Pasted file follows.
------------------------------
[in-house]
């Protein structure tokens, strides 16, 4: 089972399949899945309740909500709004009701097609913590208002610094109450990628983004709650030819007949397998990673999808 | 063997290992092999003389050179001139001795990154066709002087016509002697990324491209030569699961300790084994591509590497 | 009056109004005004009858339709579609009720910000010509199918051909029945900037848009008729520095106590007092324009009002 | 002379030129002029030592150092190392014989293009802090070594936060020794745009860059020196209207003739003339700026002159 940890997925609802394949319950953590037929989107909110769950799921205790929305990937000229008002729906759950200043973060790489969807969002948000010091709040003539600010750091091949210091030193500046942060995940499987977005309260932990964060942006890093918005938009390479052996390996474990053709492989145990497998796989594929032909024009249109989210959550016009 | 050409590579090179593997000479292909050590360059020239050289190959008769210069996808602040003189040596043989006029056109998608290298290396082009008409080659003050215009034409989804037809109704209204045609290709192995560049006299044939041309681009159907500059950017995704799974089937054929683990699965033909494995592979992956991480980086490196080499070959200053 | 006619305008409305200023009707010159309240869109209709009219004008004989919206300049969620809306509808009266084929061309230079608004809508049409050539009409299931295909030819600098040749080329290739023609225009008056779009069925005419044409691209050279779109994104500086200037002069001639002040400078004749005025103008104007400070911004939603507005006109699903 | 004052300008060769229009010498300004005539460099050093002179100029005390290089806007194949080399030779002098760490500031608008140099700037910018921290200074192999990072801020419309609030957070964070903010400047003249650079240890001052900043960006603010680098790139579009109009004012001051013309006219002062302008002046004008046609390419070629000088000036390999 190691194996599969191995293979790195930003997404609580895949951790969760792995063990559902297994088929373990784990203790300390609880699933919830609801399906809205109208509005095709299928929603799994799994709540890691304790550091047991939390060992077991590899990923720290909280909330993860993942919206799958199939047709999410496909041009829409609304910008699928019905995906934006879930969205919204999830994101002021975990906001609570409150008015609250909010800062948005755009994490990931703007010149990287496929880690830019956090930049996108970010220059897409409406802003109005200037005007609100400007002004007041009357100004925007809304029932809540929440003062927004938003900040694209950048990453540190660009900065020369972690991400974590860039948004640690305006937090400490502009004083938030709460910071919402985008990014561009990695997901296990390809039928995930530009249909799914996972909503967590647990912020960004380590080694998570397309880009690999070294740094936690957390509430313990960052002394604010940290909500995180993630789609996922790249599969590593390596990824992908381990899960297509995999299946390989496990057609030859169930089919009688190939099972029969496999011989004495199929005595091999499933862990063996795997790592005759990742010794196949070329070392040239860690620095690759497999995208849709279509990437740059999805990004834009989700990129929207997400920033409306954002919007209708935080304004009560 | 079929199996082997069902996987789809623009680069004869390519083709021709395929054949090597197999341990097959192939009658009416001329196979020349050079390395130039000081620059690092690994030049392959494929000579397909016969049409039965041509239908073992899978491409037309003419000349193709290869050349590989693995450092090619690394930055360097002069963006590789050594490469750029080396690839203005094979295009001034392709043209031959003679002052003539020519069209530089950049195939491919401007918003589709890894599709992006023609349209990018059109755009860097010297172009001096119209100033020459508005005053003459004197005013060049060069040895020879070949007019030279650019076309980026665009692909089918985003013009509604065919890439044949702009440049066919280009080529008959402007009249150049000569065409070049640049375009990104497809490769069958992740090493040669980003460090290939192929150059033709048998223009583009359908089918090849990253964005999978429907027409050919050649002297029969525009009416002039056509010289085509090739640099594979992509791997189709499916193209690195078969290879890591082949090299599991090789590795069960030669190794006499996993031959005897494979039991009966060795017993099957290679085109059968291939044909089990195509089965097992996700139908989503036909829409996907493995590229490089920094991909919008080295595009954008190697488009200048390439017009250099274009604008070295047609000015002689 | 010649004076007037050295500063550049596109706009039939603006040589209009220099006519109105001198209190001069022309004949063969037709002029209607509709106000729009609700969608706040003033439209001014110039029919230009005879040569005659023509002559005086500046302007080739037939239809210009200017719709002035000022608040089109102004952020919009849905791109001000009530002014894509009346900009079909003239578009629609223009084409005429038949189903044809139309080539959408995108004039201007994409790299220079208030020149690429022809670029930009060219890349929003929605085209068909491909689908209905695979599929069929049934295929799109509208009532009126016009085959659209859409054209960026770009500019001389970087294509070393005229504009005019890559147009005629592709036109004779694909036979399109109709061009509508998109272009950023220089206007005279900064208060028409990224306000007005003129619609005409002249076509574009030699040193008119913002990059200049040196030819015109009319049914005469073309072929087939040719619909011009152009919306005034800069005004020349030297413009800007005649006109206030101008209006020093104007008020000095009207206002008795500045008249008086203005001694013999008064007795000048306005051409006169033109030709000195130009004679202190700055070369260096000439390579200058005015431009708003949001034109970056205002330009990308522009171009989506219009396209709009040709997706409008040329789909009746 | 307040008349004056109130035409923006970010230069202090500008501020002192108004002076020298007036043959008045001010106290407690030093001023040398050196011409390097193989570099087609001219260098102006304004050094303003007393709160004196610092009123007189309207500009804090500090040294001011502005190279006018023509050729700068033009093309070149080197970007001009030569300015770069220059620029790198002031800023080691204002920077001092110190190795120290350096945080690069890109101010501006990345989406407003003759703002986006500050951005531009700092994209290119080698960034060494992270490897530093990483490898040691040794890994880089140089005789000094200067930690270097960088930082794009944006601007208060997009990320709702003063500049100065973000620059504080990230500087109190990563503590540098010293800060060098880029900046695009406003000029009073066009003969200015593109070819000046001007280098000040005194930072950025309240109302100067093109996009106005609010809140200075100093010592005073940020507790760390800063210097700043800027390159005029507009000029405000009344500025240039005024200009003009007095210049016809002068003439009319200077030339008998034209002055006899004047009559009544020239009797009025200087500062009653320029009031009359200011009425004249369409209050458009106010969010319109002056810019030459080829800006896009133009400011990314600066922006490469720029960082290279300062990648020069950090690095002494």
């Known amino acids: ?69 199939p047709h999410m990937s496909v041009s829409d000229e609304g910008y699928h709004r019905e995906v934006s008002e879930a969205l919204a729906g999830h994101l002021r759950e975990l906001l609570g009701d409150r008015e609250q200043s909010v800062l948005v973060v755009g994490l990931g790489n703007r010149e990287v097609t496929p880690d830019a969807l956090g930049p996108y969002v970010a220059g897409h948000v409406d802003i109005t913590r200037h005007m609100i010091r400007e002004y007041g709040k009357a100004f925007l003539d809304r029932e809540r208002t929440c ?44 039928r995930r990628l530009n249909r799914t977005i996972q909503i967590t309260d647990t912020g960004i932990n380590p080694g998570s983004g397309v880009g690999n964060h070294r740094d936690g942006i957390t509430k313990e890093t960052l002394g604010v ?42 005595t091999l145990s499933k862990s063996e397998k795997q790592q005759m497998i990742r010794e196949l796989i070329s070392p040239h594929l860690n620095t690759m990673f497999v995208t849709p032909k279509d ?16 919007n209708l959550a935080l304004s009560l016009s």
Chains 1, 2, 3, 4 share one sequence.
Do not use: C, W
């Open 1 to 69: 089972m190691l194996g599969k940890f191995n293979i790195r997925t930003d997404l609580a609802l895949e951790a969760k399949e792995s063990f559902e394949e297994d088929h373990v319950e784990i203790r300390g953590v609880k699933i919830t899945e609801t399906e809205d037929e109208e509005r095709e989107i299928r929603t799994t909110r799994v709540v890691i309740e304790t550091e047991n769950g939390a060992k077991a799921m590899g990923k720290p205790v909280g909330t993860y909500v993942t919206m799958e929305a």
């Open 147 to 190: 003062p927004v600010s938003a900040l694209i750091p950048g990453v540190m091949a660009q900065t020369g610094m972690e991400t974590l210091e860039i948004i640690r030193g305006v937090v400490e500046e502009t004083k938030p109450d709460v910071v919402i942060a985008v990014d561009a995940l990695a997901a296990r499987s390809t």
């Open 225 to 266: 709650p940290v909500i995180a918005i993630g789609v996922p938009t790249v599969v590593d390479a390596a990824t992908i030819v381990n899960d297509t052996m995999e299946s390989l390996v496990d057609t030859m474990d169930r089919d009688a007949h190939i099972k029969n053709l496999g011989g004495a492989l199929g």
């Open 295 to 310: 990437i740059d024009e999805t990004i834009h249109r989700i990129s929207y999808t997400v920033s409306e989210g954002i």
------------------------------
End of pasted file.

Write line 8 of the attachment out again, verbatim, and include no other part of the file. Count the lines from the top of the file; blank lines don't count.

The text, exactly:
């Open 225 to 266: 709650p940290v909500i995180a918005i993630g789609v996922p938009t790249v599969v590593d390479a390596a990824t992908i030819v381990n899960d297509t052996m995999e299946s390989l390996v496990d057609t030859m474990d169930r089919d009688a007949h190939i099972k029969n053709l496999g011989g004495a492989l199929g």